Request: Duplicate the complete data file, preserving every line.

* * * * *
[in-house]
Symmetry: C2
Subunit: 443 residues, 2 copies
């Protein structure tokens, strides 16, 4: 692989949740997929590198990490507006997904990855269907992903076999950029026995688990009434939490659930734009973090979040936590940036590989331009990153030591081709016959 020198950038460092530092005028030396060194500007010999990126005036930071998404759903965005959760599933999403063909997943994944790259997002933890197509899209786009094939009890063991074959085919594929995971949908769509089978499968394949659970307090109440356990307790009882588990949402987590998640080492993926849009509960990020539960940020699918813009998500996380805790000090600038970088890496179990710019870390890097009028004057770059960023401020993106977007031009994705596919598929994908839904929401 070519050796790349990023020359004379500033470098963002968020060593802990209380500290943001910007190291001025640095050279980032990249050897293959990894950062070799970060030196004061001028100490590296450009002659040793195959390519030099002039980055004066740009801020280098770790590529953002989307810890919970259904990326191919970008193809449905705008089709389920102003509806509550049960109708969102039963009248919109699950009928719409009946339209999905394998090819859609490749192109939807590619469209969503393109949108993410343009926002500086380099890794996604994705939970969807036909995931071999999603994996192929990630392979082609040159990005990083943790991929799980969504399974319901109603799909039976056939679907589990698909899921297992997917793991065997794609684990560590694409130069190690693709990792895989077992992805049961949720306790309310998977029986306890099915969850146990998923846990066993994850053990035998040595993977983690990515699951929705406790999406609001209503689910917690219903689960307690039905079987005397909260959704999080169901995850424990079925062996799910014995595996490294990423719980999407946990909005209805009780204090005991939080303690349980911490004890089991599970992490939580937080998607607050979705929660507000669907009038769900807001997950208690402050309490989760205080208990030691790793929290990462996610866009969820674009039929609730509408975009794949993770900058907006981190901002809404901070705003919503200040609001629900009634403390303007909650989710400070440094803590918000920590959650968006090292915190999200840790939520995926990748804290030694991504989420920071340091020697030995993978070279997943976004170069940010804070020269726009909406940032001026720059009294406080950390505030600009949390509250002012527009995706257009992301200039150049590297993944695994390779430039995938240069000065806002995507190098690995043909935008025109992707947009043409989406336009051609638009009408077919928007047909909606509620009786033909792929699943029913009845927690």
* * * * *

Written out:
[in-house]
Symmetry: C2
Subunit: 443 residues, 2 copies
């Protein structure tokens, strides 16, 4: 692989949740997929590198990490507006997904990855269907992903076999950029026995688990009434939490659930734009973090979040936590940036590989331009990153030591081709016959 020198950038460092530092005028030396060194500007010999990126005036930071998404759903965005959760599933999403063909997943994944790259997002933890197509899209786009094939009890063991074959085919594929995971949908769509089978499968394949659970307090109440356990307790009882588990949402987590998640080492993926849009509960990020539960940020699918813009998500996380805790000090600038970088890496179990710019870390890097009028004057770059960023401020993106977007031009994705596919598929994908839904929401 070519050796790349990023020359004379500033470098963002968020060593802990209380500290943001910007190291001025640095050279980032990249050897293959990894950062070799970060030196004061001028100490590296450009002659040793195959390519030099002039980055004066740009801020280098770790590529953002989307810890919970259904990326191919970008193809449905705008089709389920102003509806509550049960109708969102039963009248919109699950009928719409009946339209999905394998090819859609490749192109939807590619469209969503393109949108993410343009926002500086380099890794996604994705939970969807036909995931071999999603994996192929990630392979082609040159990005990083943790991929799980969504399974319901109603799909039976056939679907589990698909899921297992997917793991065997794609684990560590694409130069190690693709990792895989077992992805049961949720306790309310998977029986306890099915969850146990998923846990066993994850053990035998040595993977983690990515699951929705406790999406609001209503689910917690219903689960307690039905079987005397909260959704999080169901995850424990079925062996799910014995595996490294990423719980999407946990909005209805009780204090005991939080303690349980911490004890089991599970992490939580937080998607607050979705929660507000669907009038769900807001997950208690402050309490989760205080208990030691790793929290990462996610866009969820674009039929609730509408975009794949993770900058907006981190901002809404901070705003919503200040609001629900009634403390303007909650989710400070440094803590918000920590959650968006090292915190999200840790939520995926990748804290030694991504989420920071340091020697030995993978070279997943976004170069940010804070020269726009909406940032001026720059009294406080950390505030600009949390509250002012527009995706257009992301200039150049590297993944695994390779430039995938240069000065806002995507190098690995043909935008025109992707947009043409989406336009051609638009009408077919928007047909909606509620009786033909792929699943029913009845927690």